ADOTAS – In-app mobile payment service ZooZ announced yesterday it’s made an HTML5 mobile web version of its software development kit available, promising in a statement released by the company that it’s a less-than-10-minute cut-and-paste job made up of three lines of code. The statement also assured developers ZooZ can now work on HTML5 and hybrid apps, and with both mobile and desktop browsers.
The idea behind ZooZ, which launched in beta back in March, is that one of the barriers to m-commerce really taking off is a lack of a standard, secure payment method. There’s been a lot of discussion about how important mobile has become to the shopping experience as a tool for browsing and comparison-shopping, though the number of people actually making purchases on mobile devices is much lower. ZooZ is banking on the idea that people would be much more willing to make mobile purchases if they could make an in-app payment using the same checkout methods they can use on a desktop browser, and if they knew their data were secure. In a meeting during Internet Week in New York City a few weeks ago, ZooZ CEO and co-founder Oren Levy explained his service answers both of those issues. Co-founder and CTO Ronen Morecki came from VeriSign, where he’d worked in fraud detection, which Levy pointed out by way of explaining the company’s understanding of security. And he said there’s already a good example of how people are willing to make mobile payments if it were just convenient enough: iTunes. “You don’t get the iTunes experience for products,” he said. ZooZ aims to amend that. “On the user side, I don’t have to re-enter my credit card and it’s stored across the device,” he said — the user’s payment information lives in ZooZ, basically, and it’s accessible through any ZooZ-enabled app. And, he explained, it allows the consumer to choose from options like major credit cards, PayPal or Google Wallet. Levy said the company had been approached by a credit card company that had asked ZooZ to apply its technology to a service for just that one card — but he said they’d turned down that request, because it missed the point of what ZooZ was trying to do.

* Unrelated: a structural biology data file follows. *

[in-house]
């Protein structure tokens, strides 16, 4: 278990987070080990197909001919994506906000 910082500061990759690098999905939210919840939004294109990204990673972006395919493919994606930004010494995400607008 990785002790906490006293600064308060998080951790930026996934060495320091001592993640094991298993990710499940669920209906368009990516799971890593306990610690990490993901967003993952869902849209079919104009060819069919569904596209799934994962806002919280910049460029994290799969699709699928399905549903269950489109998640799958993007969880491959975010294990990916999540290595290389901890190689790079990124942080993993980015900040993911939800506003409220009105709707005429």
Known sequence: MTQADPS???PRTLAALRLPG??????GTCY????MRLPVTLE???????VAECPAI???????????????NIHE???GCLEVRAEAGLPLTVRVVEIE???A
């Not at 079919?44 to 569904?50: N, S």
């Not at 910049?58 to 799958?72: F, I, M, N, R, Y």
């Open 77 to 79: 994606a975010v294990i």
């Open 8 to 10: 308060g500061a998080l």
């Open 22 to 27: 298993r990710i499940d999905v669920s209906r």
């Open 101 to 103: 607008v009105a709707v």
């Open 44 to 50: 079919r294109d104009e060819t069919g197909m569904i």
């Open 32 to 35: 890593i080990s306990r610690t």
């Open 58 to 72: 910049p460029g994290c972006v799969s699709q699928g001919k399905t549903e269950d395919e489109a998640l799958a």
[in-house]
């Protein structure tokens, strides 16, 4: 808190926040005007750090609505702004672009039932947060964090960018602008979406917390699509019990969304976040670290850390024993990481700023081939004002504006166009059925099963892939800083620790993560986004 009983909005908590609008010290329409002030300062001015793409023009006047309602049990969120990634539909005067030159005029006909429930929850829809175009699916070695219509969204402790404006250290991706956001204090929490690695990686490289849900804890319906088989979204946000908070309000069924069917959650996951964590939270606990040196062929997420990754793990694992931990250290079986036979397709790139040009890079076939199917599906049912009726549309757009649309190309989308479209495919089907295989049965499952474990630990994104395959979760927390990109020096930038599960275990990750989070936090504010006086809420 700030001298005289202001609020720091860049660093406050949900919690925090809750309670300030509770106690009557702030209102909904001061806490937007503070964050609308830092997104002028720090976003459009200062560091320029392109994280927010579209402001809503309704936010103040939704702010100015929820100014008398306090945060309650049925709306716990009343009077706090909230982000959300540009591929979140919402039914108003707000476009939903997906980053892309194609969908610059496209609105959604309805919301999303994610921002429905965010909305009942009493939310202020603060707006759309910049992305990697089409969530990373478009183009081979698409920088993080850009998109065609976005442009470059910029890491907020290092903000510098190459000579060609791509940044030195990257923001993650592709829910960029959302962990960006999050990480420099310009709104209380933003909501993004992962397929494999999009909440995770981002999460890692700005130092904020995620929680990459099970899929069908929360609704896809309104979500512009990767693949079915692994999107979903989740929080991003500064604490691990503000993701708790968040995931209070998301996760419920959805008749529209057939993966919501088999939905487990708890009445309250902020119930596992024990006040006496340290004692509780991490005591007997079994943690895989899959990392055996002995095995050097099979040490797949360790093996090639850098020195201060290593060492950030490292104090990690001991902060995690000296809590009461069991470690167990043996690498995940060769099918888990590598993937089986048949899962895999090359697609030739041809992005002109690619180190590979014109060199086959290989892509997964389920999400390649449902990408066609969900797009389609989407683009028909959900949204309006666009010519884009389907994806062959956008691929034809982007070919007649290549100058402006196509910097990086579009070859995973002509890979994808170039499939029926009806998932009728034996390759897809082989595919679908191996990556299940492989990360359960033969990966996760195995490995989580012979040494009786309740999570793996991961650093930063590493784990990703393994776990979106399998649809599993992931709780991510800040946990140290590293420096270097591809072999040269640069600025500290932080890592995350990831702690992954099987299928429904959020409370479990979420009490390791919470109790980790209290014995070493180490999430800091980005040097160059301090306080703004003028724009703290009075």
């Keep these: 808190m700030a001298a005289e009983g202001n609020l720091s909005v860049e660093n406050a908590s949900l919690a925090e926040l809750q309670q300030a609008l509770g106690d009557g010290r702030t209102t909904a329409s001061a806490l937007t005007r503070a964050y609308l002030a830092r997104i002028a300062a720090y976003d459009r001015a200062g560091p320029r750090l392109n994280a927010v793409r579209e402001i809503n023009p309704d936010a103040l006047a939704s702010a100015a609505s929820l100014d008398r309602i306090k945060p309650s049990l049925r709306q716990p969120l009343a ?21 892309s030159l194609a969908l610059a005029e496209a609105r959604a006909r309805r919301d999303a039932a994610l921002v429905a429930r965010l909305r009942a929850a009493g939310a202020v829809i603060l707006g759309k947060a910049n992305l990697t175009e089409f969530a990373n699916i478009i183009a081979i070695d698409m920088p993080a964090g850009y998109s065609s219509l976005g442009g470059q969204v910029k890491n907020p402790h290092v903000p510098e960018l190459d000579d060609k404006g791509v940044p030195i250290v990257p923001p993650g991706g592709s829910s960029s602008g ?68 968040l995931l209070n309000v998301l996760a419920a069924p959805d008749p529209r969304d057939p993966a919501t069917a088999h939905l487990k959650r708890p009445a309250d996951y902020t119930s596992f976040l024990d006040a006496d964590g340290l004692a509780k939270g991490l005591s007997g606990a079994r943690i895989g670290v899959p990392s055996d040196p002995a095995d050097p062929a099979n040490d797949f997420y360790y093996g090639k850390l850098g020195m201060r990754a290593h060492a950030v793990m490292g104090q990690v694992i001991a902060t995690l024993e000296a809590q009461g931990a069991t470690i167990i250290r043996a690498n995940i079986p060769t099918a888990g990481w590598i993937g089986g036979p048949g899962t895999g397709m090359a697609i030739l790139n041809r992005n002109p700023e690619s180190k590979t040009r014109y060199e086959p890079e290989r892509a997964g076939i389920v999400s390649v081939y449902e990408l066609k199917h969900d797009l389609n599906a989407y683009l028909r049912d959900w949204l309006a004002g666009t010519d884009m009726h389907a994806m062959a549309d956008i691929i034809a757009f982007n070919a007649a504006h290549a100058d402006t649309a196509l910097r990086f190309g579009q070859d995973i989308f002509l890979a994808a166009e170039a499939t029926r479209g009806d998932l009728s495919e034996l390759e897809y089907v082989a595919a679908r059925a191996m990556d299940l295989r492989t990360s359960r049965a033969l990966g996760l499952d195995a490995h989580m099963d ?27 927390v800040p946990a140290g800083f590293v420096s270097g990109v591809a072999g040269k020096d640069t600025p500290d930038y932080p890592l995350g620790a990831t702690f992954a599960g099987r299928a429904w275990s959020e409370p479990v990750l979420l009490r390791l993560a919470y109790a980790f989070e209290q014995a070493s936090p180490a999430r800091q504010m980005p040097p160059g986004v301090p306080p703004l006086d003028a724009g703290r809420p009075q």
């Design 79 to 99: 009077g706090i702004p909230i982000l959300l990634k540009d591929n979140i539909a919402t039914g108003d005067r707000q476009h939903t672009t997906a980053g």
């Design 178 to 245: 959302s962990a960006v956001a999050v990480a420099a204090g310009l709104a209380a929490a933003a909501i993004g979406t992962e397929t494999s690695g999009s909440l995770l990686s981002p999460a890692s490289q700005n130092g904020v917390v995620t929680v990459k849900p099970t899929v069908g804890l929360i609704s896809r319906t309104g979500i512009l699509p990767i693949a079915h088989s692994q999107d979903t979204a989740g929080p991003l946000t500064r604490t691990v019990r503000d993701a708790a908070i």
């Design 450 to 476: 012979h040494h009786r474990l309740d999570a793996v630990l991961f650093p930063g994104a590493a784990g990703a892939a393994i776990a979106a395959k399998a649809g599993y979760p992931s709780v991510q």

Levy acknowledged there are still a number of questions about why m-commerce hasn’t gotten off the ground. “Is it a matter of privacy? Is it a matter of, you don’t trust the developer?,” he mused. But he offered some theories of his own. “There’s no company saying, ‘Use whatever you want'” to pay, he said. And he cited a statistic of conversion rates of only 1 to 2 percent in m-commerce. “A big part of it is shopping cart abandonment,” he said.